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Hello Games did the right thing by keeping quiet after No Man's Sky; here's why

Posted on 28th Nov 2016 at 17:14 by Jake Tucker with 27 comments

Jake Tucker
On Friday, Hello Games broke a three month silence to announce a new chunk of content it's calling the Foundation Update. The Foundation Update works on several levels. First, it's a foundation for what's to come next; secondly, it includes the basics of base-building, building being something that you often need a foundation for.

Clever, huh?

It makes sense because, despite how you might feel about No Man's Sky, the developers are clever folk. It's important to bear that in mind because in years to come, after we've forgotten how disastrously the game's launch went, we'll think about how well Hello Games has handled itself.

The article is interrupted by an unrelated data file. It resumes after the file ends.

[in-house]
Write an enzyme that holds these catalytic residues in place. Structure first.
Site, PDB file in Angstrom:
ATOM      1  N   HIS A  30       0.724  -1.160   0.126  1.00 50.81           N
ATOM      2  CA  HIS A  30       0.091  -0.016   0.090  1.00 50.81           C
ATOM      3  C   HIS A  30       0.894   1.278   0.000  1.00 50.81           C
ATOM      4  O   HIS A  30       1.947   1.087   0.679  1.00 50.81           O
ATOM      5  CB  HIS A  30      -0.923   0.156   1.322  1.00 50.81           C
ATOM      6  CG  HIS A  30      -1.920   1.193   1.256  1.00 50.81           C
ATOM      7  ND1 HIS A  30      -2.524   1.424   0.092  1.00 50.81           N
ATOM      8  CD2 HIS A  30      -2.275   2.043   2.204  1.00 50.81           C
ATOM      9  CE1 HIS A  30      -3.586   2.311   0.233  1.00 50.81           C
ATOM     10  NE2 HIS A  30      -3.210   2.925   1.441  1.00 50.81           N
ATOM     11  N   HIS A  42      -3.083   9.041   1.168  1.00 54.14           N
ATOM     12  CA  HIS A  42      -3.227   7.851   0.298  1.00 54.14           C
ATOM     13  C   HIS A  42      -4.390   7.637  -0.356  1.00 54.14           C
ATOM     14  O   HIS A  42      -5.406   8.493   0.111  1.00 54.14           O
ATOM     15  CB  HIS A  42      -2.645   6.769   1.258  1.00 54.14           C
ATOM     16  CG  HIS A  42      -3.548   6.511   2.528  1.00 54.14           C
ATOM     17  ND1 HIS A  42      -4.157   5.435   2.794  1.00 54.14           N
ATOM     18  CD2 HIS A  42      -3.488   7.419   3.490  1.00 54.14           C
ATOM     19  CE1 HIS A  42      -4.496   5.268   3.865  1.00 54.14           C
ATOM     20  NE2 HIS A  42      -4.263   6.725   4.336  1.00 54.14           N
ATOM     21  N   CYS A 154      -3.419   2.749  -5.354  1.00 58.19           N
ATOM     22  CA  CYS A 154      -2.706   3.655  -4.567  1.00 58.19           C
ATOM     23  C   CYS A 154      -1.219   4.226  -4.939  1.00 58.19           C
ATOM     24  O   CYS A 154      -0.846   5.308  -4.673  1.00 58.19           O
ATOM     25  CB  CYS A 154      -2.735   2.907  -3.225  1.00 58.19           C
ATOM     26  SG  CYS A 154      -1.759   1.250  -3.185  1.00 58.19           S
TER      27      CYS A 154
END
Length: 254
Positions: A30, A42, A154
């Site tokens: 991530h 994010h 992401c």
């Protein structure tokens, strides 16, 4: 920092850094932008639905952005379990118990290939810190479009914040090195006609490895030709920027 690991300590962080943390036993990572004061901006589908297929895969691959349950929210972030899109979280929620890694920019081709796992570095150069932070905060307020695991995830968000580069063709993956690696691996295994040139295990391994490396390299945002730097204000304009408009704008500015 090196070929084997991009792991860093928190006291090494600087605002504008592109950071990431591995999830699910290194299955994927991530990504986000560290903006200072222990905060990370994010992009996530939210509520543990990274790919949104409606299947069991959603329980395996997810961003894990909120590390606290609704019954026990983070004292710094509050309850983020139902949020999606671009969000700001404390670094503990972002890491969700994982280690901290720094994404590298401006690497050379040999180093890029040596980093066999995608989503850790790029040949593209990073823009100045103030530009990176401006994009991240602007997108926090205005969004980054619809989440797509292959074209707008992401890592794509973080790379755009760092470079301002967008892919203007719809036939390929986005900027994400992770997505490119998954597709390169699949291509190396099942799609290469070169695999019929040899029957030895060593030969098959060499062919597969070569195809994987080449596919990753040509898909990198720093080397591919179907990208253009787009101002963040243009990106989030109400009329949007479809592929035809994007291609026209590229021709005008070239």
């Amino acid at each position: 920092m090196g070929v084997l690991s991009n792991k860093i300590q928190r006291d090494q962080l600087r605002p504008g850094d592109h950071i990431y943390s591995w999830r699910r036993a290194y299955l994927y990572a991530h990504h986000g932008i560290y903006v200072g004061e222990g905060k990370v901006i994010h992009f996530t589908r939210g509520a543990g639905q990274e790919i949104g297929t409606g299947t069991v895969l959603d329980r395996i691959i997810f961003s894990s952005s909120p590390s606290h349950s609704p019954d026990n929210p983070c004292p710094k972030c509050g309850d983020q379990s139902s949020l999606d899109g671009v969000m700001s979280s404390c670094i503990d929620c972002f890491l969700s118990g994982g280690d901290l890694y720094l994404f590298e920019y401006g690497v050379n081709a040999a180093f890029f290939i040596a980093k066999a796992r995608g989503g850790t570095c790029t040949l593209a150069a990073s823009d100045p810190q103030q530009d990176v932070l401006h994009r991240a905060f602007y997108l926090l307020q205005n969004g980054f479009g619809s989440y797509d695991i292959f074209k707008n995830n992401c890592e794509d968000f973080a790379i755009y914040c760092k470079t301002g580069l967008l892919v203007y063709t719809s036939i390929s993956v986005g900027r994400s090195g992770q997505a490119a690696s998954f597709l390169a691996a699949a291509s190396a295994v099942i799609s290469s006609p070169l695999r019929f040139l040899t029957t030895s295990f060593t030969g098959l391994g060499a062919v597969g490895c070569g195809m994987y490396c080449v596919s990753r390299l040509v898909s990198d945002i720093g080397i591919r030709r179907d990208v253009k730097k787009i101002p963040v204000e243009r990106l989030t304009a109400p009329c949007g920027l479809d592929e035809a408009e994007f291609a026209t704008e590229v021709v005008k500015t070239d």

Thousands of angry and entitled players had worked themselves up into a frenzy of hype, some of it brought into being by Sony, some of it by the fans themselves and some by Murray representing himself poorly in interviews. Regardless of how it happened, there was now a suitably furious player-base, and it couldn't be appeased.

It's hard to describe this group of people as fans of No Man's Sky, but when Hello Games referred to the conversations surrounding the game being 'intense and dramatic' in its first blog post since September 2nd, it's showing a gift for the understatement. Players of the game have been screaming hatred into every corner of the internet about the game while trying to get companies to rewrite their refund policies, or trying to get the UK Advertising Standards Agency to investigate No Man's Sky over their use of bullshots i.e. screenshots that may not have been entirely representative of the finished product.